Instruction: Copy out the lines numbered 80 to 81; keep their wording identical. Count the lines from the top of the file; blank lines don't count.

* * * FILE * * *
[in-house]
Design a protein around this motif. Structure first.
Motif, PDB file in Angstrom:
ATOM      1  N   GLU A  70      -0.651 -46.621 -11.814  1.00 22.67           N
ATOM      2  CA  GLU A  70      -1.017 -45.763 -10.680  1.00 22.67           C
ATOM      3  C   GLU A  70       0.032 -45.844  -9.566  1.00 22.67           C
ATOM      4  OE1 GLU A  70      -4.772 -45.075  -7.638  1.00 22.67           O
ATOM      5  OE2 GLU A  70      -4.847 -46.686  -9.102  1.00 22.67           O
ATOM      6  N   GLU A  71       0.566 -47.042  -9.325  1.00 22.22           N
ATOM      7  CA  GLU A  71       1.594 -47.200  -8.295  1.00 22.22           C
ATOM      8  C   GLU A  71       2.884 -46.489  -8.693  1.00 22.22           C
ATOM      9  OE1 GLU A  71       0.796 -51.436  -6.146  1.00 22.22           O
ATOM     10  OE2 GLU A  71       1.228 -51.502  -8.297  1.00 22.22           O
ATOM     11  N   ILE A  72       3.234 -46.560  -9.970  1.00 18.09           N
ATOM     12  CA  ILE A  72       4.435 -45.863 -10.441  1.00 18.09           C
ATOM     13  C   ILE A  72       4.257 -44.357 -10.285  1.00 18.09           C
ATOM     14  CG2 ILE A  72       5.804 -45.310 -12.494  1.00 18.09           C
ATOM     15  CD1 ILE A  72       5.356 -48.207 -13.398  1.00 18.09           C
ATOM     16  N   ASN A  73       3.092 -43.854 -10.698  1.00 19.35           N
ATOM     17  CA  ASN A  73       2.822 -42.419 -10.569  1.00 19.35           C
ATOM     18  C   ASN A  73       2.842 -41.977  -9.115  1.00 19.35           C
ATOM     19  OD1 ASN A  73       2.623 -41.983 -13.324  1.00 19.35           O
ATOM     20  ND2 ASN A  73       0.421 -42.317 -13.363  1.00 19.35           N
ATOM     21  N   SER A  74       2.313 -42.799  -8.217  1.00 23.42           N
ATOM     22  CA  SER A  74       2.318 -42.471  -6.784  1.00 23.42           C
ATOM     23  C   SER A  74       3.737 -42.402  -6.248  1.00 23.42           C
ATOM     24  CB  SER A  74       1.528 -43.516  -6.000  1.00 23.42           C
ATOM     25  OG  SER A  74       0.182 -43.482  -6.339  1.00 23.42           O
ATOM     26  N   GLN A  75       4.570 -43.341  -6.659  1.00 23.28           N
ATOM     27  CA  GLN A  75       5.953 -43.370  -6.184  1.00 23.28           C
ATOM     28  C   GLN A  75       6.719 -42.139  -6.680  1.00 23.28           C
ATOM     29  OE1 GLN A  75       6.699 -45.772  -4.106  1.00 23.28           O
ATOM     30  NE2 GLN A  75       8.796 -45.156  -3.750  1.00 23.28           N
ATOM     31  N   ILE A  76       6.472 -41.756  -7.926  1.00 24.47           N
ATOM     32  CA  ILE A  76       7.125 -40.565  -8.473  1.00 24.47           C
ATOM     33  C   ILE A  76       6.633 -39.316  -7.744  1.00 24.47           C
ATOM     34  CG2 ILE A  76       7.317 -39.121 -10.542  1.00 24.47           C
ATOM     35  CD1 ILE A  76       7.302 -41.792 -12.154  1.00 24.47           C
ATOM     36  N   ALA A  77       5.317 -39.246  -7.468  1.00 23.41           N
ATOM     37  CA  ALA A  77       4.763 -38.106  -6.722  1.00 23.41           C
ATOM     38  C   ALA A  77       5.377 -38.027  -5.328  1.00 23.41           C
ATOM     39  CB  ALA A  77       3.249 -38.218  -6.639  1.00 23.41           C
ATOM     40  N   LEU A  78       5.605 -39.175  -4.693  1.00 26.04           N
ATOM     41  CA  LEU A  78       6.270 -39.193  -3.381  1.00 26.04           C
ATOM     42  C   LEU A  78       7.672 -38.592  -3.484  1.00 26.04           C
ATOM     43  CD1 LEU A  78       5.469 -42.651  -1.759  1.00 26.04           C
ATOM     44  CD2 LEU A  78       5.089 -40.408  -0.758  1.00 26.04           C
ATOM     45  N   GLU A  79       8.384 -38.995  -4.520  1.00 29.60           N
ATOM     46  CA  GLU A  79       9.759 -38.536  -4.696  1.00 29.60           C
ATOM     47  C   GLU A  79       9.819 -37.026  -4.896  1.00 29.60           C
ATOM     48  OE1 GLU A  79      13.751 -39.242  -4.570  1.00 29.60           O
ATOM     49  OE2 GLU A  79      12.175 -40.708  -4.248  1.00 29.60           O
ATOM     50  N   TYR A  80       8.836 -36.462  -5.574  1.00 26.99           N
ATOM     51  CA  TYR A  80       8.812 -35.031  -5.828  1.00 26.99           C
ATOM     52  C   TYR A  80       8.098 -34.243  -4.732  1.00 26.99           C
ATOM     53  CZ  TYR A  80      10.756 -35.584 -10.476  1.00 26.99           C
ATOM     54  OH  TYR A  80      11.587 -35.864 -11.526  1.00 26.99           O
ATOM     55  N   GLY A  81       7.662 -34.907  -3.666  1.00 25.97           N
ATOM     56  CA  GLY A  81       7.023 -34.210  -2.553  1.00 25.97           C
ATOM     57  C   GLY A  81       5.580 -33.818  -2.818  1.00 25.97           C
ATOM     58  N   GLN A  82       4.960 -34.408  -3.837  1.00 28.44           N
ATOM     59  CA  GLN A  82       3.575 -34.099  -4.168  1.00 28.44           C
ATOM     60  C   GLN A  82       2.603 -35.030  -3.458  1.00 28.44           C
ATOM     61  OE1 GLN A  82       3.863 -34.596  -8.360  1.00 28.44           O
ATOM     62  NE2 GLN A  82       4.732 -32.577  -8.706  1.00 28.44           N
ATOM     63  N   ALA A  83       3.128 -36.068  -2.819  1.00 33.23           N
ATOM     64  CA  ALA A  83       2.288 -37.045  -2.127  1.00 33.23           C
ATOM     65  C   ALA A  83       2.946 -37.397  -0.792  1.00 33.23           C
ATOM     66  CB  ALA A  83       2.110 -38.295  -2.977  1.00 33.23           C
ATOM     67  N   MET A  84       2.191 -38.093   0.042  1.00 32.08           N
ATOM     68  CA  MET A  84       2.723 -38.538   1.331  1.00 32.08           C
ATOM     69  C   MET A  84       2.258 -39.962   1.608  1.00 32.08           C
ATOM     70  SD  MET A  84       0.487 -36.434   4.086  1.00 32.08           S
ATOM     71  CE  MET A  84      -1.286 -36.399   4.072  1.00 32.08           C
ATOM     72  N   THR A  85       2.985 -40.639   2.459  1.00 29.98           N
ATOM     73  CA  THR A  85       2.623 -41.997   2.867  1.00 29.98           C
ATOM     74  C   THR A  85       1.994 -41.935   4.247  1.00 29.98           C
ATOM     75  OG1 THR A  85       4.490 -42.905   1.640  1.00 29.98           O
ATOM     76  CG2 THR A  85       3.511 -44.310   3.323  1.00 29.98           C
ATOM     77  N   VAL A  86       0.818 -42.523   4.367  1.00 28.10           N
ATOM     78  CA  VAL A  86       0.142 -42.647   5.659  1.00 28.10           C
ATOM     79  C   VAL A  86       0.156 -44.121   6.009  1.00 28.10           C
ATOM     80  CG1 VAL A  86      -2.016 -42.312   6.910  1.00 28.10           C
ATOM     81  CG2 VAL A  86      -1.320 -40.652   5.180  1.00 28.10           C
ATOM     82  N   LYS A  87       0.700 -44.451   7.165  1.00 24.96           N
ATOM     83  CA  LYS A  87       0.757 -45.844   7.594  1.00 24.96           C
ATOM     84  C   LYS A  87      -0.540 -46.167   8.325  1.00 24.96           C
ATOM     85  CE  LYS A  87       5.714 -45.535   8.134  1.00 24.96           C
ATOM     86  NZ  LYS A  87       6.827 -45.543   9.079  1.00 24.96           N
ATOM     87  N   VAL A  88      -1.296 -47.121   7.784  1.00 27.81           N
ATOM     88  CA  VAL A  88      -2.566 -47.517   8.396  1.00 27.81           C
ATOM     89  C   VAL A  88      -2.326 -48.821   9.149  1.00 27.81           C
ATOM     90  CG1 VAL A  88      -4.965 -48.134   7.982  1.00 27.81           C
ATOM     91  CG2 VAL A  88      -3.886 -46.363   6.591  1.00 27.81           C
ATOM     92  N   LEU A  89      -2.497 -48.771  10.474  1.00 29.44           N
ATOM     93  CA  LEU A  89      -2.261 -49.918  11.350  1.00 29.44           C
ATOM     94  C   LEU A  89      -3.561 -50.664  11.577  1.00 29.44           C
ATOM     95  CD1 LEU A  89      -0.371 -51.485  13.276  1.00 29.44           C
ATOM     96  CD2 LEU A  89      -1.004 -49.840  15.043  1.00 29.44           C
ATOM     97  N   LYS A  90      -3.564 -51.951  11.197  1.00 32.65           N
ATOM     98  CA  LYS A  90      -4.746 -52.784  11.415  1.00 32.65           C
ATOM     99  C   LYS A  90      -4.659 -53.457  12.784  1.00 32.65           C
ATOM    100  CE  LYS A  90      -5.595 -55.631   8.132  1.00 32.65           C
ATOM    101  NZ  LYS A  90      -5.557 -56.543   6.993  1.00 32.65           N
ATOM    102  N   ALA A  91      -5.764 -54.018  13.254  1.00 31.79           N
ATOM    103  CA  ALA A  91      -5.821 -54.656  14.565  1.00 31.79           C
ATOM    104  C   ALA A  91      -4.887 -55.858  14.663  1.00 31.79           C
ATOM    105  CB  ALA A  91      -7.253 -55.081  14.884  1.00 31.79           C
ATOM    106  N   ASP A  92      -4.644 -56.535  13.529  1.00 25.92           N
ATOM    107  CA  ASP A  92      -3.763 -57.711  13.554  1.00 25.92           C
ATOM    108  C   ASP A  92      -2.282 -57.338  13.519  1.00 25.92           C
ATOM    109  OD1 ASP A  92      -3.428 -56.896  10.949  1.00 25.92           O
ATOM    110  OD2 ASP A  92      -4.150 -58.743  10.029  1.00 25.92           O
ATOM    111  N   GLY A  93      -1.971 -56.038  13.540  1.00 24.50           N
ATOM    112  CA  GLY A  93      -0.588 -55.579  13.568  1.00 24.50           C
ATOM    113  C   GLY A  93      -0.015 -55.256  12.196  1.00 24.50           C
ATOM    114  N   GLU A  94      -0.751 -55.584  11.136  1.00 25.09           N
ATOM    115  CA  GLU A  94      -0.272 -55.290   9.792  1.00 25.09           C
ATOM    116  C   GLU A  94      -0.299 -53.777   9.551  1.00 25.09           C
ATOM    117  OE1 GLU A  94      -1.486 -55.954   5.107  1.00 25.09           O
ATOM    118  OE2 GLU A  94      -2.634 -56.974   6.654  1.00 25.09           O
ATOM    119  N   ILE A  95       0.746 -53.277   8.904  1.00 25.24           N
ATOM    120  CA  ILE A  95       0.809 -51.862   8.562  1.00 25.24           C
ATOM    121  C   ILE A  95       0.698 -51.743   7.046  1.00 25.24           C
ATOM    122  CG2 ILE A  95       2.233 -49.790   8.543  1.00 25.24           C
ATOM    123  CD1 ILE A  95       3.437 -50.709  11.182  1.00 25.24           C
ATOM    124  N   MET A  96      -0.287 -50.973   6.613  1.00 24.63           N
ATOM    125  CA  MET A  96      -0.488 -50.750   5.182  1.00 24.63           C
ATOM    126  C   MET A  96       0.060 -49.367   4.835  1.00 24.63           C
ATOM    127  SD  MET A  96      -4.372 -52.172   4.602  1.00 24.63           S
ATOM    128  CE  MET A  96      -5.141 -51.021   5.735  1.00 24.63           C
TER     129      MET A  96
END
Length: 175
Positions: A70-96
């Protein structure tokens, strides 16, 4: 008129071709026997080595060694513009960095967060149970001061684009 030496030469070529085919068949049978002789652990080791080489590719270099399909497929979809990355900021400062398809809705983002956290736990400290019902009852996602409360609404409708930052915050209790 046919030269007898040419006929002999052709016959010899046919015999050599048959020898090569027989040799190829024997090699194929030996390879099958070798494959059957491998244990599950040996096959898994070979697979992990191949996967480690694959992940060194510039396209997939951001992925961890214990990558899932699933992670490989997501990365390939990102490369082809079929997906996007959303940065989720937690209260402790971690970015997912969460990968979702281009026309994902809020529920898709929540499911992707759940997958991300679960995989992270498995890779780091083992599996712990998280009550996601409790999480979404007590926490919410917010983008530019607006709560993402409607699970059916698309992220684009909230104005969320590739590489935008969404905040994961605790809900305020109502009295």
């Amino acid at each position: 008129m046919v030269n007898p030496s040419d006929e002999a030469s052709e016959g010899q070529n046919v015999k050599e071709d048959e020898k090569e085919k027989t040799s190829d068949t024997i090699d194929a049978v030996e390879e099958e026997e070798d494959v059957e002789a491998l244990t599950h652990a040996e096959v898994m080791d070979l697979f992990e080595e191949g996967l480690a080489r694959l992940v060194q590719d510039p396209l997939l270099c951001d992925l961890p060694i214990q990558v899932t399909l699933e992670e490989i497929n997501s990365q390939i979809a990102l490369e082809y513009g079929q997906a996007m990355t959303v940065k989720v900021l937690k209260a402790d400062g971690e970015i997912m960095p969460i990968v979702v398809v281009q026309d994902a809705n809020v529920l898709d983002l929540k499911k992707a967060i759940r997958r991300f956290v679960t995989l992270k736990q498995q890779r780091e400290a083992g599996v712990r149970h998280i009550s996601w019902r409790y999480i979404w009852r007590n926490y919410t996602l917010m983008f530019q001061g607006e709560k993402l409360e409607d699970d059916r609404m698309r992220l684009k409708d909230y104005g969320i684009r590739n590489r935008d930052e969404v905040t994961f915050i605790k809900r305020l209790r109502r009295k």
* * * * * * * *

ATOM     77  N   VAL A  86       0.818 -42.523   4.367  1.00 28.10           N
ATOM     78  CA  VAL A  86       0.142 -42.647   5.659  1.00 28.10           C